Factoring and Satisficing

David Wiles, Eaps 760


The time period between the end of World War II and the early l960's provided as dramatic a change in the way problem solving and rational decisions were made as in the descriptions of how large, complex bureaucracies operate. As noted in the Sh afritz and Hyde article by Herbert Simon, the challenge to the normative or "proverbs" description of management decision making demanded documentation of the behaviors in specific choices and description of the environmental context where a choice took p lace. Although later criticized as relying too much on positivistic logic and quantifying qualitative features of choosing, the 1946 publication did trigger a "hard data gained through systematic analytical approach" to describing organizational choice.

The words "factoring" and "satisficing" are part of a whole vocabulary of terms used to describe the meaning of rational decision making that takes place in complex organizations. Classic theories of decision rationality assumed a person wo uld define a problem to be solved, match "utilities" of costs to benefits for each alternative of possible resolution and, third, select the option that would provide the maximum or "optimum" solution choice. When applied to the rationality of individual s deciding rationally within the context of a complex organization or explaining a bureaucratic decision after the fact the terms factoring and satisficing imply a dramatic change in the meaning of choosing.

By the late 1950's scholars like Herbert Simon, James March and Richard Cyert had led the challenge to the long held perception that the rationality of a large organization exhibited the classic assumption of defining "big picture" probl ems to be solved. While there might be "big picture" intentions, the actual reality of how decisions were perceived was to break down or to "factor" the problem to subunits of the organization. Subunits defined and resolved their portion of the "big pic ture." The collection of subdecisions were then reaggregated and what resulted was the rational choice of the entire organization.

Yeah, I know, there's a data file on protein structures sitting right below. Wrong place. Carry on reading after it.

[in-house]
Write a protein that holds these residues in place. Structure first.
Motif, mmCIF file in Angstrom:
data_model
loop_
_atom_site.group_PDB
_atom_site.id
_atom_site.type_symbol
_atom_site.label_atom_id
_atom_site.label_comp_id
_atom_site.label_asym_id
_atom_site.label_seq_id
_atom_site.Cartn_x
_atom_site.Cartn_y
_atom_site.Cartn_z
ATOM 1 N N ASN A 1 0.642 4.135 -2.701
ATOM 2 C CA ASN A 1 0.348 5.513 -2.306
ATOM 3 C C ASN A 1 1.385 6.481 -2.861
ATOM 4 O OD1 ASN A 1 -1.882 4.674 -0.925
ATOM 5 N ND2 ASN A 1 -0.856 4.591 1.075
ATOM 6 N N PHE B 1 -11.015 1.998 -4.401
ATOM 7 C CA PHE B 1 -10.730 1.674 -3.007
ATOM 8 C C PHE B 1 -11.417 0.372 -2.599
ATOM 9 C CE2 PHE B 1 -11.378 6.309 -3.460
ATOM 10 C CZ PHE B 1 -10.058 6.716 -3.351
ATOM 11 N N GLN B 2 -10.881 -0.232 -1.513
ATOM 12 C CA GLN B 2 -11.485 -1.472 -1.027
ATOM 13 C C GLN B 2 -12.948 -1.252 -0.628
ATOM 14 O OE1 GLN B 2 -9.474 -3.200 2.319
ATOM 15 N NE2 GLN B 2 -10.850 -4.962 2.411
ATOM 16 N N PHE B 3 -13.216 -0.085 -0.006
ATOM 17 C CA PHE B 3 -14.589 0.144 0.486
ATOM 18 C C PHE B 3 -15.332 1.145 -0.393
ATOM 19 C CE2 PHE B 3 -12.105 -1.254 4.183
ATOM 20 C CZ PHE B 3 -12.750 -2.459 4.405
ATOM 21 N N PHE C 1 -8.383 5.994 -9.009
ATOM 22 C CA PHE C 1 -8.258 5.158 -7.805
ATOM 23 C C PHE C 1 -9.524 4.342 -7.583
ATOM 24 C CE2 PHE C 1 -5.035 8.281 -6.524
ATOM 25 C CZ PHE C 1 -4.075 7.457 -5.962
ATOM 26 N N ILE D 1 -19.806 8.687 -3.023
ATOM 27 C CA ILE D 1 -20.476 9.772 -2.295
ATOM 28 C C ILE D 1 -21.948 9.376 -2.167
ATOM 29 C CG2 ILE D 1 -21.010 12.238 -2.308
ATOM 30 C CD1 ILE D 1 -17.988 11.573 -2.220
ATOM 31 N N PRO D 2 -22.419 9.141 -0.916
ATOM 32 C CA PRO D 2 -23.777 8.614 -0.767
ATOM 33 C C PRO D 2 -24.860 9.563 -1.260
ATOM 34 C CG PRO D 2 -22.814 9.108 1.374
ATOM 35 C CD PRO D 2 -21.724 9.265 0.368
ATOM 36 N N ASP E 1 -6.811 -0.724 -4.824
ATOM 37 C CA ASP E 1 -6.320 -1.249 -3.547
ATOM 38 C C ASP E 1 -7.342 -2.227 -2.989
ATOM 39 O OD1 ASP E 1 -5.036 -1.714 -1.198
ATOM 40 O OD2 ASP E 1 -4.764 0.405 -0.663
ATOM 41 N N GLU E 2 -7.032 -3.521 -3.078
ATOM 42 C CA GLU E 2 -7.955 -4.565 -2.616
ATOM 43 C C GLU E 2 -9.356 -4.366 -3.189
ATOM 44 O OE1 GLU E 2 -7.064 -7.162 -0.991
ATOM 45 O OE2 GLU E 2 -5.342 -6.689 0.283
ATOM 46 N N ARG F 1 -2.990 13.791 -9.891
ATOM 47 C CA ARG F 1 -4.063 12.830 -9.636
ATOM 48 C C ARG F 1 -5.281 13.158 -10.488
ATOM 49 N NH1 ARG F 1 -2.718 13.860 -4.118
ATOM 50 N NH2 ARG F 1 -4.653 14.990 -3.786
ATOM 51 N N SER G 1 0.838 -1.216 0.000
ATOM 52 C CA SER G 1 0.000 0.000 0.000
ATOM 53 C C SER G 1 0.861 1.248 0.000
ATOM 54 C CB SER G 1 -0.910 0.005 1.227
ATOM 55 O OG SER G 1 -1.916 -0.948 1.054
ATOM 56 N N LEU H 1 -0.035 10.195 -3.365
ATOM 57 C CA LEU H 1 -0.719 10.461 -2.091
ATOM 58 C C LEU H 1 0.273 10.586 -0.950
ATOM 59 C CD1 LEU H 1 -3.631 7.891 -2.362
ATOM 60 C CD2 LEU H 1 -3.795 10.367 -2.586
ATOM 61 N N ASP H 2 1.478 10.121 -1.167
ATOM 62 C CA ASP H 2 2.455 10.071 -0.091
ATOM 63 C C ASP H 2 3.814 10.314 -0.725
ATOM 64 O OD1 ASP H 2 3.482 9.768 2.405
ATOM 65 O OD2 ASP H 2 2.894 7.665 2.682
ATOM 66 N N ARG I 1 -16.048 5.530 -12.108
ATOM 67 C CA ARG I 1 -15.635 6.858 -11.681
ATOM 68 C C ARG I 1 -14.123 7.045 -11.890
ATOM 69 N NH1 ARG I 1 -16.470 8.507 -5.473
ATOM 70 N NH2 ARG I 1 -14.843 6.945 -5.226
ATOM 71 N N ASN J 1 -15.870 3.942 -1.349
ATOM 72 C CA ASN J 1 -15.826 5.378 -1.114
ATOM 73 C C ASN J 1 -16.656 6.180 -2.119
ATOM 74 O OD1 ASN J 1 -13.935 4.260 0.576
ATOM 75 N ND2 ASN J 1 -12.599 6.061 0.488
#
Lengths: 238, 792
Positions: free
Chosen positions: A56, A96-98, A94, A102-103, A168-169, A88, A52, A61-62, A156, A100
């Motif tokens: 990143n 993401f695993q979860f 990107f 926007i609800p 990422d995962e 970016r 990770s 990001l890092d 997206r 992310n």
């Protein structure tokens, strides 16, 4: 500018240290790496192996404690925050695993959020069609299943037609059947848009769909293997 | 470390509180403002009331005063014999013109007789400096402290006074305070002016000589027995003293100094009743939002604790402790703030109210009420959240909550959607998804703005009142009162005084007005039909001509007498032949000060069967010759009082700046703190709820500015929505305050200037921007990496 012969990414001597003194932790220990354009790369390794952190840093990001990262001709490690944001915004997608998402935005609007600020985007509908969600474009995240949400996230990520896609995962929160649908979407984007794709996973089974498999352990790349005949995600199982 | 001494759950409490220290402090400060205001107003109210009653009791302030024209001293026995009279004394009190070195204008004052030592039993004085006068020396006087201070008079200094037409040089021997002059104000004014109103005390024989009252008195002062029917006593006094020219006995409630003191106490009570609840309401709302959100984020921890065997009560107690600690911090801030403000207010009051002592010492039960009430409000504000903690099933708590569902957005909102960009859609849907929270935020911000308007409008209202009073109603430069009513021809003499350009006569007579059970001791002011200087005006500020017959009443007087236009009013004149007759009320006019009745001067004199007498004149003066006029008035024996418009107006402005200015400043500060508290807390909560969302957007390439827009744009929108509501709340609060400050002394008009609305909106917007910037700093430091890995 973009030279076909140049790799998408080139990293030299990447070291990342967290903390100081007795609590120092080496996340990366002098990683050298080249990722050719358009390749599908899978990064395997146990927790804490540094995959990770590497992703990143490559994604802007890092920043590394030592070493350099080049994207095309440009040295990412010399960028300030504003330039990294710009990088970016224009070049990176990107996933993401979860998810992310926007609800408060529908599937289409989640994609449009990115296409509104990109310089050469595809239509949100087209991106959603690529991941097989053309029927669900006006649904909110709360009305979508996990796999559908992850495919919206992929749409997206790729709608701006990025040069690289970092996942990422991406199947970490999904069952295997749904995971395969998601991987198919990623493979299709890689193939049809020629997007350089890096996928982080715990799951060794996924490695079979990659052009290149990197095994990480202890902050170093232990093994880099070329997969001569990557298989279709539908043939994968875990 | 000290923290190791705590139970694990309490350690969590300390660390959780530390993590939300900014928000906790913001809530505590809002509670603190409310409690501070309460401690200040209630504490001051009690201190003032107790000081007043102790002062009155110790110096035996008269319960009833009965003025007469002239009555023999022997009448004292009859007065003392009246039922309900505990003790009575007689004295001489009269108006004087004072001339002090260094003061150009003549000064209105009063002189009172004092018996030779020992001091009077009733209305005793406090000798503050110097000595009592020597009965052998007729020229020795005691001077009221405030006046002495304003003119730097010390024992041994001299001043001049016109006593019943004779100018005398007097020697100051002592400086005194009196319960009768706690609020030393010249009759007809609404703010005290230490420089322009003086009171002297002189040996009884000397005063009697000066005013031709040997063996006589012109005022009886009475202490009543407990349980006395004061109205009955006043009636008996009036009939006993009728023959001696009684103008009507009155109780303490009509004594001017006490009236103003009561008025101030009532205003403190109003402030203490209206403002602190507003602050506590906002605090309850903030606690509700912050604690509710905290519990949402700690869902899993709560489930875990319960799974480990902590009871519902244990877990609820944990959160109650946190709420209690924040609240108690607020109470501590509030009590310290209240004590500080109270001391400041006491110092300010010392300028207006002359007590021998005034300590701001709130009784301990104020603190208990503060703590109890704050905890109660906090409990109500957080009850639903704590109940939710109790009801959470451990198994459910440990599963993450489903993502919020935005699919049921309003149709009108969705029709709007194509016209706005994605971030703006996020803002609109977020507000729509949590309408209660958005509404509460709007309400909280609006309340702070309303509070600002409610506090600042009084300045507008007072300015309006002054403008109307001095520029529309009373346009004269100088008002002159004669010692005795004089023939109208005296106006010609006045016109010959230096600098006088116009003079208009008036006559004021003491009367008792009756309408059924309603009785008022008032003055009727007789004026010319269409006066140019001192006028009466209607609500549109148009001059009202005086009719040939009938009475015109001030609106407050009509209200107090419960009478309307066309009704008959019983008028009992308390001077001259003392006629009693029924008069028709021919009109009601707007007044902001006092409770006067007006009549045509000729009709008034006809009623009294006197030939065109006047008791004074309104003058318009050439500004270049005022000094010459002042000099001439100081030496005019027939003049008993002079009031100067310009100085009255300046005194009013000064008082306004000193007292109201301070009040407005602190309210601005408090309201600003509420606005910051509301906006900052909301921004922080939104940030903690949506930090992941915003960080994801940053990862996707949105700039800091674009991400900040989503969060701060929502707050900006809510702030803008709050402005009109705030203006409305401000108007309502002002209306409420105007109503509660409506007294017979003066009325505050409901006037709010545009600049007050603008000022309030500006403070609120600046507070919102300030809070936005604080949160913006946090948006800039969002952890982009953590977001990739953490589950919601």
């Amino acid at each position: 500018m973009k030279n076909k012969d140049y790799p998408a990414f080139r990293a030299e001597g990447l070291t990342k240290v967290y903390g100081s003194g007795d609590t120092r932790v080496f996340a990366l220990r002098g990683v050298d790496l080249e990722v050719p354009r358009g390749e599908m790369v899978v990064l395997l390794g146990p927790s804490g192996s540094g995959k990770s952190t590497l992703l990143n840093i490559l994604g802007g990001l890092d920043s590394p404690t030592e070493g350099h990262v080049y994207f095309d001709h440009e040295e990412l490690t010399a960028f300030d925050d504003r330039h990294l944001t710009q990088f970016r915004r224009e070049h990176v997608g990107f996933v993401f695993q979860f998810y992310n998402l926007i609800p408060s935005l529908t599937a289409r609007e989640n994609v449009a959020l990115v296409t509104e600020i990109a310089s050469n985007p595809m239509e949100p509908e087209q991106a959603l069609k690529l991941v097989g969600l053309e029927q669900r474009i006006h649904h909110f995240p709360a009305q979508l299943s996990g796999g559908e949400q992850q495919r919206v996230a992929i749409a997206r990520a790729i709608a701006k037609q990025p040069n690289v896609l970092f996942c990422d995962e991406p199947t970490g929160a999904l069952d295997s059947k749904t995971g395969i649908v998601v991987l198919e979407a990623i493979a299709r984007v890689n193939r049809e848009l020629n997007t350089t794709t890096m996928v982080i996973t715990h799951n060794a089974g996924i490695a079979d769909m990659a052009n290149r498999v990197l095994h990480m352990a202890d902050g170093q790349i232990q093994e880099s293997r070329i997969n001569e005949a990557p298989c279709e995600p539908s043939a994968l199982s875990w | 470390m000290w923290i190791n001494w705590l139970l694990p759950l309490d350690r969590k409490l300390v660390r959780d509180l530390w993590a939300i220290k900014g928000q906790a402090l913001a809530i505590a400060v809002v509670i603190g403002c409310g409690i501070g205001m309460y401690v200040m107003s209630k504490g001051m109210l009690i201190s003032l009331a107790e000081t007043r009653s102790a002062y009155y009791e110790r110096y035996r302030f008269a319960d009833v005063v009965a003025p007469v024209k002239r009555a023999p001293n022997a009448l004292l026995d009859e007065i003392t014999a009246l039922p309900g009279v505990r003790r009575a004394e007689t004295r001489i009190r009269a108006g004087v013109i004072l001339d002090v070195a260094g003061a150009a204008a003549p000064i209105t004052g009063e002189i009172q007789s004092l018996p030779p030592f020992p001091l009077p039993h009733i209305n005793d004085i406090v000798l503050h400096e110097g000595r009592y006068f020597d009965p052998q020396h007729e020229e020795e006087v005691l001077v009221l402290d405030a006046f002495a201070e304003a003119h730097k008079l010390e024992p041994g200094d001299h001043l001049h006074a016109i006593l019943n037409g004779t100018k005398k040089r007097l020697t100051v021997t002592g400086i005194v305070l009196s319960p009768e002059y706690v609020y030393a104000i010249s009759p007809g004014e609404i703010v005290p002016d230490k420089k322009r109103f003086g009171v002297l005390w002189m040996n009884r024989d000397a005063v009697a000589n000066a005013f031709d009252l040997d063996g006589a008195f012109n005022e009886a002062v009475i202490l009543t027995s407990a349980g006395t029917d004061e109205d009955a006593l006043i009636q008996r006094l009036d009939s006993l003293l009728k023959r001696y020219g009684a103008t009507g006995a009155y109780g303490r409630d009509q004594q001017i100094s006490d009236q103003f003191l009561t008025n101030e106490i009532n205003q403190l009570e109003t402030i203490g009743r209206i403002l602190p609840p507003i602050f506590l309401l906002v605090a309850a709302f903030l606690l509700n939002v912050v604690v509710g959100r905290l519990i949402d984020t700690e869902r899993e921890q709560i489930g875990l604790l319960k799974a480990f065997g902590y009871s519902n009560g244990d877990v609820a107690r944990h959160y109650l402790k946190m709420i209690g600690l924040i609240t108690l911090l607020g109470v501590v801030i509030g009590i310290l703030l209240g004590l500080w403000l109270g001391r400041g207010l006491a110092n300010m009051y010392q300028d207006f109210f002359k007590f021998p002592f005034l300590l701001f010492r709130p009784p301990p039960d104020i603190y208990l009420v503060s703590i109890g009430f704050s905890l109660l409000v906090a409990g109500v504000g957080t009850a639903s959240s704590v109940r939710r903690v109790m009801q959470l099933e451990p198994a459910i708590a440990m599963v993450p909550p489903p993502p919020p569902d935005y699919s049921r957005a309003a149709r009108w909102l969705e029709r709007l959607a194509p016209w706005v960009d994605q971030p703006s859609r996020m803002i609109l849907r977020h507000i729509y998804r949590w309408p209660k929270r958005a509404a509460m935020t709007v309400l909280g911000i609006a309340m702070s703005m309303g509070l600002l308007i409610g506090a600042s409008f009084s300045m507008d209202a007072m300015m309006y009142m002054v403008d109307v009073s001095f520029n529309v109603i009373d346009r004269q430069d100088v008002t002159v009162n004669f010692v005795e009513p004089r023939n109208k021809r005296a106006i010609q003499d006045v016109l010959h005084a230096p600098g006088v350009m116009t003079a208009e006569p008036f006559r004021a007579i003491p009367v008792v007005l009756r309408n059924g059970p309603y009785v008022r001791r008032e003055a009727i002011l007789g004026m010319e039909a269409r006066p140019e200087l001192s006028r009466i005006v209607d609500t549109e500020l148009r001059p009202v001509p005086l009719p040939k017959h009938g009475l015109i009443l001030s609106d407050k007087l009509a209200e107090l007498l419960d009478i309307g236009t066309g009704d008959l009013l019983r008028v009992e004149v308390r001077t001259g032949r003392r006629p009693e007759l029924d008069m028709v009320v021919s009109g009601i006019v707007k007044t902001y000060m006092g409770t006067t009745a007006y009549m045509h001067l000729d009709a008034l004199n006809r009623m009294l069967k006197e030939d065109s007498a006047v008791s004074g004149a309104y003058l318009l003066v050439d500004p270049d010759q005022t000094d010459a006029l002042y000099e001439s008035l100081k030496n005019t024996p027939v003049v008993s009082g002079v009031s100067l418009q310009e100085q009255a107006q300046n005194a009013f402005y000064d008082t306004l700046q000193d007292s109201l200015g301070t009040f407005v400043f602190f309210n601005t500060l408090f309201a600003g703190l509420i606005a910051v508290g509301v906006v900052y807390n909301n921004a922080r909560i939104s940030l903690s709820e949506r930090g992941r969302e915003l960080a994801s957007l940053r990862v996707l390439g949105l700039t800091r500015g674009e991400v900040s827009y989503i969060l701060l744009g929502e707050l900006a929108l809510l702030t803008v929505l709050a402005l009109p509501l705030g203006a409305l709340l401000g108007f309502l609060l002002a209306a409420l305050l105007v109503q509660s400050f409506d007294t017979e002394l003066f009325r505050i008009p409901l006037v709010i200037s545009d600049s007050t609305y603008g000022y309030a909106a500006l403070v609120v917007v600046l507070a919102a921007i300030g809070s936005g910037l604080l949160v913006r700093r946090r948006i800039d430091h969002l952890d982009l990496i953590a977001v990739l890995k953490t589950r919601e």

Satisficing choice uses the analogy of the needle in the haystack. Where classic rationality argued that the selection among options was a search for the premise of satisficing was to use the first needle that could alleviate the stress of an unresolved situation. In effect, the nature of organizational adaptation overrode the concept of logic or ethic driven behavior. Maslow's hierarchy of need, for example, would likely drive the perception of the "useful" needle long before the classic logic behind an "optimum" or "maximum benefit" standard of needle takes place.

Notice how well, satisficing and factoring in making rational decisions fit with assumptions of incremental muddling and evolving maturity as descriptions of complex bureaucracy. Of course, the contributions of all lead to assumptions tha t bureaucratic decisions tend to promote the status quo of precedent and "red tape," the inertia of "getting by," and the instrumental rationality of "dealmaking and logrolling" choices.

Readings

  • Graham Allison, The Essence of Decision. (1980);
  • Herbert Simon, Models of Man. (1957);
  • Herbert Simon, "Rational Choice and the Structure of the Environment" Psychological Review, (Volume 63, 1956 pages 129-138);
  • James March and Herbert Simon, Organization, (1958);
  • Herbert Simon "Theories of Decision Making in Economics and Behavioral Science", The American Economic Review (1959, pages 253-283);
  • Herbert Simon, The New Sciences of Management Decisions (2nd Edition, 1977);
  • Herbert Simon, The Science of the Artificial, (1969);
  • Herbert Simon and Jack Newell, Human Problem Solving, (1974);
  • Herbert Simon, Reason in Human Affairs, (1983).